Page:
Acquisition and maintenance of Intellectual Property Rights

The Agreement deals mostly with substantive IPRs and their enforcement. It only provides general principles concerning procedures to acquire or maintain rights (such as patent or trademark applications), including a right of review by a judicial or quasi-judicial authority of ‘final administrative decisions’ (art. 62).

Dispute-settlement

The TRIPS Agreement forms part of the WTO single undertaking and disputes under the Agreement can be brought to the WTO Dispute Settlement Body (art. 64.1), with some limitations. Members also agreed to transparency obligations, in particular to make their ‘laws and regulations, and final judicial decisions and administrative rulings of general application’ available (art. 63).

Final provisions

The Agreement applies in full to all WTO Members except least-developed countries, which are exempted from complying with most of its provisions for the foreseeable future (arts 65–66). The Agreement also contains provisions on cooperation especially with least-developed Members (arts 66–67), a provision on the application of the Agreement to subject-matter in existence at the time of entry into force in a Member, and a national security exception (arts 70 and 73).

Post-trips

The TRIPS Agreement was negotiated at the same time as the North American Free Trade Agreement (NAFTA), now superseded by the →US-Mexico-Canada Agreement. While the Agreement can be said to be ‘Paris-Plus’ and ‘Berne Plus’ (except, in the latter case, with respect to →moral rights), many IP chapters in this and other trade agreements are ‘TRIPS Plus’. Given the contentious nature of IP negotiations, especially in the face of global pandemics, it is unclear whether the Agreement will ever be comprehensively revised. Since 1995, only one amendment (art. 31bis) has been adopted. TRIPS is likely to remain a point of reference for negotiators of other agreements, and it has also been referred to in post-TRIPS WIPO treaties, such as the →Marrakech VIP Treaty.

Conclusion

The TRIPS Agreement has served as a point of reference in the negotiation of most of, not all, IP treaties and trade agreements with an IP chapter since 1995. The incorporation of the Agreement into the WTO dispute-settlement system means that Members may bring disputes and obtain the right to retaliate against Members who do not bring their legislation in conformity with their obligations, though as of early 2024, the future of that system remained in a state of flux. The incorporation of the Berne Convention and Paris Convention into TRIPS means that WTO dispute-settlement panels and the Appellate Body can be called upon to interpret those conventions.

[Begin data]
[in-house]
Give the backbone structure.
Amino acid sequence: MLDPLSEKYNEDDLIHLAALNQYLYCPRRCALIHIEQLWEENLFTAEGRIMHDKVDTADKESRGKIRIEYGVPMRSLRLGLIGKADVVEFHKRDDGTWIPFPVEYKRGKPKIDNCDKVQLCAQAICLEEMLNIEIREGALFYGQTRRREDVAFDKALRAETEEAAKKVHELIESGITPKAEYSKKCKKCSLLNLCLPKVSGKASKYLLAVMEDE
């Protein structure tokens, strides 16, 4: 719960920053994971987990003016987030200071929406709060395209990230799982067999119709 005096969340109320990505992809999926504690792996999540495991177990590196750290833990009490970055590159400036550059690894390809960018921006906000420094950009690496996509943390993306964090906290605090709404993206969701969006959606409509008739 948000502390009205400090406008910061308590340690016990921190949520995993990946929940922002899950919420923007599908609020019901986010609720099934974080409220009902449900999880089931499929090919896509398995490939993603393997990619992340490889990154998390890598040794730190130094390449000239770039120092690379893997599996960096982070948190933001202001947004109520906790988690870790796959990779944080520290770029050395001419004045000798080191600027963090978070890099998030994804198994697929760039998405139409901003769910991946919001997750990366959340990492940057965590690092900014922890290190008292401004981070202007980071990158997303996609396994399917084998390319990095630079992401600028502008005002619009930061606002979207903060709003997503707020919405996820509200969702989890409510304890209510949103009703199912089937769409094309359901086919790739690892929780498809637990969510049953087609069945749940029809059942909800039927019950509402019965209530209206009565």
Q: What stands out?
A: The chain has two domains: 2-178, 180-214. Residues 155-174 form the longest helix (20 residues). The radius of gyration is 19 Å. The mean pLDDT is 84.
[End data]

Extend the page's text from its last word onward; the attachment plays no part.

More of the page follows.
References

  • Gervais, Daniel (2005), ‘Intellectual Property and Development: The State of Play74 Fordham Law Review 505.

  • Gervais, Daniel (2017), ‘A Look at the Geneva Act of the Lisbon Agreement’ in Irene Calboli and Ng Loy Wee Loon (eds), Geographical Indications at the Crossroads of Trade, Development and Culture(s) (Cambridge University Press).

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  • Gervais, Daniel (2021), ‘TRIPS Pluralism21(2) World Trade Review 1.

  • Gervais, Daniel (2022), The TRIPS Agreement: Drafting History and Analysis (5th edn, Sweet & Maxwell).

  • Mansfield, Edwin (1986), ‘Patents and Innovation: An Empirical Study32(2) Management Science 173.

  • Maskus, Keith (2000), ‘Lessons from Studying the International Economics of Intellectual Property Rights53(6) Vanderbilt Law Review 2219.

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  • World Trade Organization (2022), Ministerial Decision on the TRIPS Agreement, adopted on 17 June 2022 (WT/MIN(22)/30).

  • Yu, Peter K. (2006), ‘TRIPs and Its Discontents10 Marquette Intellectual Property Law Review 369.

  • Gervais, Daniel (2005), ‘Intellectual Property and Development: The State of Play74 Fordham Law Review 505.

  • Gervais, Daniel (2017), ‘A Look at the Geneva Act of the Lisbon Agreement’ in Irene Calboli and Ng Loy Wee Loon (eds), Geographical Indications at the Crossroads of Trade, Development and Culture(s) (Cambridge University Press).

    • Search Google Scholar
    • Export Citation
  • Gervais, Daniel (2021), ‘TRIPS Pluralism21(2) World Trade Review 1.

  • Gervais, Daniel (2022), The TRIPS Agreement: Drafting History and Analysis (5th edn, Sweet & Maxwell).

  • Mansfield, Edwin (1986), ‘Patents and Innovation: An Empirical Study32(2) Management Science 173.

  • Maskus, Keith (2000), ‘Lessons from Studying the International Economics of Intellectual Property Rights53(6) Vanderbilt Law Review 2219.

    • Search Google Scholar
    • Export Citation
  • World Trade Organization (2022), Ministerial Decision on the TRIPS Agreement, adopted on 17 June 2022 (WT/MIN(22)/30).

  • Yu, Peter K. (2006), ‘TRIPs and Its Discontents10 Marquette Intellectual Property Law Review 369.